Why Get an MS in Psychology? Here are 8 Good Reasons.

Why Get an MS in Psychology? Here are 8 Good Reasons.
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Katherine Gustafson profile
Katherine Gustafson April 28, 2019

A master’s degree in psychology won’t just be intellectually challenging, but time-consuming and costly. But there is good news—and lots of it. Check out the pros of heading back to school for an advanced degree in the field.

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According to the nonprofit organization Mental Health America, more than 44 million adults in the United States experience mental illness in a given year. If that statistic doesn’t signify the vital role of mental health professionals in our country, this one should: one in five of those 44 million say that they have a need (like therapy or medication, or both) that is not being met. It’s so severe that the U.S. is experiencing a “mental health crisis,” with more Americans than ever before seeking or interested in finding help for mental health concerns. Accordingly, the need for mental health professionals is rising, and psychologists are increasingly in demand.

A 2018 study from the Cohen Veterans Network and the National Council for Behavioral Health reveals that almost six in ten (56 percent) people in the U.S. are looking for or intend to find mental health services to help themselves or someone else. And most Americans (76 percent) believe that mental health and physical health are equally important to their wellbeing. So, what can you do about it?

By getting an advanced degree in psychology, you’ll be at the forefront of a fast-growing and essential field with the tools and skills to help a growing number of Americans who face mental health challenges. If you want to prepare for a career in mental health by studying brain research and the science of wellness, a master of science in psychology program may be the right choice—and come with some added bonuses you just might not know about (until now).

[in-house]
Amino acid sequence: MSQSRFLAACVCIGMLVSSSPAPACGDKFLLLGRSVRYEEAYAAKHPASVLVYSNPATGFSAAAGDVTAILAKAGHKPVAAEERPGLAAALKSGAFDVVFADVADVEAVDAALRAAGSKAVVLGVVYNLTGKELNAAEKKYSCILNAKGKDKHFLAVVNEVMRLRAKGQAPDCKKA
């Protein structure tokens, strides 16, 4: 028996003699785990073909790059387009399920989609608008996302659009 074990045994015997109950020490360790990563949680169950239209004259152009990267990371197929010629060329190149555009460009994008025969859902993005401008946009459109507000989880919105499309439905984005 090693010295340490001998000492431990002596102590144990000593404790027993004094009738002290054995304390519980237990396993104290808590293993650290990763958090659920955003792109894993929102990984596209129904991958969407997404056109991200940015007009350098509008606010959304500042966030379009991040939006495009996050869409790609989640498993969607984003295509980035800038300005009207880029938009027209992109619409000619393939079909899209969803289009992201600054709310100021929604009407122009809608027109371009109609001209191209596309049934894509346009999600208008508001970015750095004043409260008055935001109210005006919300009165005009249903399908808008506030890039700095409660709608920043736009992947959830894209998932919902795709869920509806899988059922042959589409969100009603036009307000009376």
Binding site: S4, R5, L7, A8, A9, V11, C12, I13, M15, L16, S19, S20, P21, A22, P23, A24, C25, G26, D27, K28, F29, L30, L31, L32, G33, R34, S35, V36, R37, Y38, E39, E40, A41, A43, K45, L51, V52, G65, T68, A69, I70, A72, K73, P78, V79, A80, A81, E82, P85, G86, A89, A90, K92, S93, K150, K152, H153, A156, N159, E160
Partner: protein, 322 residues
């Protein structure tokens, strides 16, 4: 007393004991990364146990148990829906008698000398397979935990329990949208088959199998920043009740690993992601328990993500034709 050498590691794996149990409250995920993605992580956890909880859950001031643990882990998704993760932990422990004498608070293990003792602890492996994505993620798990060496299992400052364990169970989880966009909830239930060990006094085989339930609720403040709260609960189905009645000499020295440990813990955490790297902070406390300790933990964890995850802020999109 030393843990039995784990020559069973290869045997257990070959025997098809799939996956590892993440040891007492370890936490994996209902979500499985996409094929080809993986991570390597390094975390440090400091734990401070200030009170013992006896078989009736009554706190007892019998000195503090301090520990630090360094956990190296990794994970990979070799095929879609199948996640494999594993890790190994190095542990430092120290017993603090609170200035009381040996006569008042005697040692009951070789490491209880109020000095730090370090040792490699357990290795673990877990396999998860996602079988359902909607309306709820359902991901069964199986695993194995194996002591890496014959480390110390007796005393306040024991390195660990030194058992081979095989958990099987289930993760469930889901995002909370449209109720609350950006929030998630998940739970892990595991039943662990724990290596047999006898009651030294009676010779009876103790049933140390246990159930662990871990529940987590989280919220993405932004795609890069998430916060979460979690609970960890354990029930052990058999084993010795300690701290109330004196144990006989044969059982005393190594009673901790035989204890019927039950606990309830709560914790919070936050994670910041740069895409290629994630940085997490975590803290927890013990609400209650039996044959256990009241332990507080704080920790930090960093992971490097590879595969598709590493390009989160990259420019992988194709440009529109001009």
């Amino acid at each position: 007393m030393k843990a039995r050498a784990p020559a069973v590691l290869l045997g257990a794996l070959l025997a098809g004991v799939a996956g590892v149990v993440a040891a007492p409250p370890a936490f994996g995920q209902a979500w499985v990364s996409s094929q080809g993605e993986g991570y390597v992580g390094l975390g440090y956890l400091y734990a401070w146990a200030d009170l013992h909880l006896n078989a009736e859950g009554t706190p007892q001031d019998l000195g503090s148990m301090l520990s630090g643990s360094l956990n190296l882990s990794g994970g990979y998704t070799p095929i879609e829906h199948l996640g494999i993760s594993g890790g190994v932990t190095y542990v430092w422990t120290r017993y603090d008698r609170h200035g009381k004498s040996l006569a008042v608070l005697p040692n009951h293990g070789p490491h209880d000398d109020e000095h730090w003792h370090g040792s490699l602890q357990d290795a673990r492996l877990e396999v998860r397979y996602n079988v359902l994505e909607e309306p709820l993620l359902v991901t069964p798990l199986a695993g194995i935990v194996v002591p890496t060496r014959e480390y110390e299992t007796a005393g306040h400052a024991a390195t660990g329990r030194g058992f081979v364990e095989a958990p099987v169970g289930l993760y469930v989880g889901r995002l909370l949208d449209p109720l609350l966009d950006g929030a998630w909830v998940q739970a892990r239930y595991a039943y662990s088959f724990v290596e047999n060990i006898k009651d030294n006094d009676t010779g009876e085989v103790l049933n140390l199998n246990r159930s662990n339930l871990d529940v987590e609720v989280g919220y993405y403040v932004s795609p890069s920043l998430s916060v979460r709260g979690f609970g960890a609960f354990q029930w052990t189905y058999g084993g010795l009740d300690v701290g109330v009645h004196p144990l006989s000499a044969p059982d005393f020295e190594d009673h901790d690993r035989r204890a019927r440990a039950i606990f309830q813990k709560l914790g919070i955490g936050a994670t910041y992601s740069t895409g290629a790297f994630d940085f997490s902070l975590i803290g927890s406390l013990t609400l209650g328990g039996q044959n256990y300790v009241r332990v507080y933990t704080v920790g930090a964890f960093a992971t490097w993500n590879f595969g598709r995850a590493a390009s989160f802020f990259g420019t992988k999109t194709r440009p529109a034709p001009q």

You’ll get prepped for licensure.
While a bachelor’s degree in psychology may qualify you for roles like career counseling and case management, you’ll need a master’s degree to become licensed for most entry-level mental health counseling jobs. And to practice clinical psychology, most states will require that you go on to earn a doctoral degree. Your MS coursework will naturally lead to that next step, helping you become clinically licensed.

Interested in further study? You’re in luck.
If you decide to continue your education and obtain a PhD or PsyD, an MS in psychology will give you a strong base of research and experience to build on. You can also add supplemental learning to your master of science degree to move into subsets of psychology that require more specialized knowledge. For example, a forensic psychology specialization can prepare you to work in criminal justice, and a secondary degree in data science can help you enter fields like industrial-organizational psychology and neuropsychology.

Job prospects are really strong.
It’s a stimulating time to earn an MS in psychology. U.S. News & World Report placed psychologist at #39 in its 100 Best Jobs ranking, and at #1 in its list of Best Science Jobs. Employment in the field of psychology is growing at a rate of 14 percent according to the Bureau of Labor Statistics, with an additional 23,000 jobs predicted by 2026. With an MS, you’ll be able to find employment as a school psychologist, in psychological science and research, and in mental health centers, social service agencies, and hospitals across the country.

You’ll see a return on your investment.